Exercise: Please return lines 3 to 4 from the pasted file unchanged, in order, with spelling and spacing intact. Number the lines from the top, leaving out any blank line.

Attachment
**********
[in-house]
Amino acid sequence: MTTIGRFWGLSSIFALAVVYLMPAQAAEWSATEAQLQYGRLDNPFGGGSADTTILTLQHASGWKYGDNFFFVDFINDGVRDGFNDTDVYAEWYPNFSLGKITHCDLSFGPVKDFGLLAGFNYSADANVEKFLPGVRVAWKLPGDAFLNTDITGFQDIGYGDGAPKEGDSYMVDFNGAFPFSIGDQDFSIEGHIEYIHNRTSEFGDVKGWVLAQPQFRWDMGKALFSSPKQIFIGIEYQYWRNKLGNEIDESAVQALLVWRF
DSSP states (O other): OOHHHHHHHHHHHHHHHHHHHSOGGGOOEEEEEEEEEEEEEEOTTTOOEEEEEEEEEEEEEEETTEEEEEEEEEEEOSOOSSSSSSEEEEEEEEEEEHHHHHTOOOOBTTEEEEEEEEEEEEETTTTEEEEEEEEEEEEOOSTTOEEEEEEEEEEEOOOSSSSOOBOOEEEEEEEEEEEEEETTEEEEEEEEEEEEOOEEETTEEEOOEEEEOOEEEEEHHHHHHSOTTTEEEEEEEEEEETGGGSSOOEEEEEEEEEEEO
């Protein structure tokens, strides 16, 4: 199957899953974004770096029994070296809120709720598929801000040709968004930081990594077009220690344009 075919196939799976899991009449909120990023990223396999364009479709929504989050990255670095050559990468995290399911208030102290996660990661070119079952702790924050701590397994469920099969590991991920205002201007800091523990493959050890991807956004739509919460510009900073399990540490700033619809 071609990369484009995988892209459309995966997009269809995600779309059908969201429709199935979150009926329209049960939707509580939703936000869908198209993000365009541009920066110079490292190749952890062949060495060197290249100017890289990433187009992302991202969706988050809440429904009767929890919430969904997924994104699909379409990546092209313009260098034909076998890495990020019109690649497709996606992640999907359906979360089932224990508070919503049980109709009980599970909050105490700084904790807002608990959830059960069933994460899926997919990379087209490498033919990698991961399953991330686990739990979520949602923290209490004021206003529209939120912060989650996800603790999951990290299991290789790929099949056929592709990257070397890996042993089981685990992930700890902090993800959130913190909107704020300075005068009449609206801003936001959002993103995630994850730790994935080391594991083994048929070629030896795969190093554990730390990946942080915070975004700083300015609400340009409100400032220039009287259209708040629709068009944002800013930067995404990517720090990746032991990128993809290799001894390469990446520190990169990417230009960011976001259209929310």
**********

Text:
DSSP states (O other): OOHHHHHHHHHHHHHHHHHHHSOGGGOOEEEEEEEEEEEEEEOTTTOOEEEEEEEEEEEEEEETTEEEEEEEEEEEOSOOSSSSSSEEEEEEEEEEEHHHHHTOOOOBTTEEEEEEEEEEEEETTTTEEEEEEEEEEEEOOSTTOEEEEEEEEEEEOOOSSSSOOBOOEEEEEEEEEEEEEETTEEEEEEEEEEEEOOEEETTEEEOOEEEEOOEEEEEHHHHHHSOTTTEEEEEEEEEEETGGGSSOOEEEEEEEEEEEO
């Protein structure tokens, strides 16, 4: 199957899953974004770096029994070296809120709720598929801000040709968004930081990594077009220690344009 075919196939799976899991009449909120990023990223396999364009479709929504989050990255670095050559990468995290399911208030102290996660990661070119079952702790924050701590397994469920099969590991991920205002201007800091523990493959050890991807956004739509919460510009900073399990540490700033619809 071609990369484009995988892209459309995966997009269809995600779309059908969201429709199935979150009926329209049960939707509580939703936000869908198209993000365009541009920066110079490292190749952890062949060495060197290249100017890289990433187009992302991202969706988050809440429904009767929890919430969904997924994104699909379409990546092209313009260098034909076998890495990020019109690649497709996606992640999907359906979360089932224990508070919503049980109709009980599970909050105490700084904790807002608990959830059960069933994460899926997919990379087209490498033919990698991961399953991330686990739990979520949602923290209490004021206003529209939120912060989650996800603790999951990290299991290789790929099949056929592709990257070397890996042993089981685990992930700890902090993800959130913190909107704020300075005068009449609206801003936001959002993103995630994850730790994935080391594991083994048929070629030896795969190093554990730390990946942080915070975004700083300015609400340009409100400032220039009287259209708040629709068009944002800013930067995404990517720090990746032991990128993809290799001894390469990446520190990169990417230009960011976001259209929310």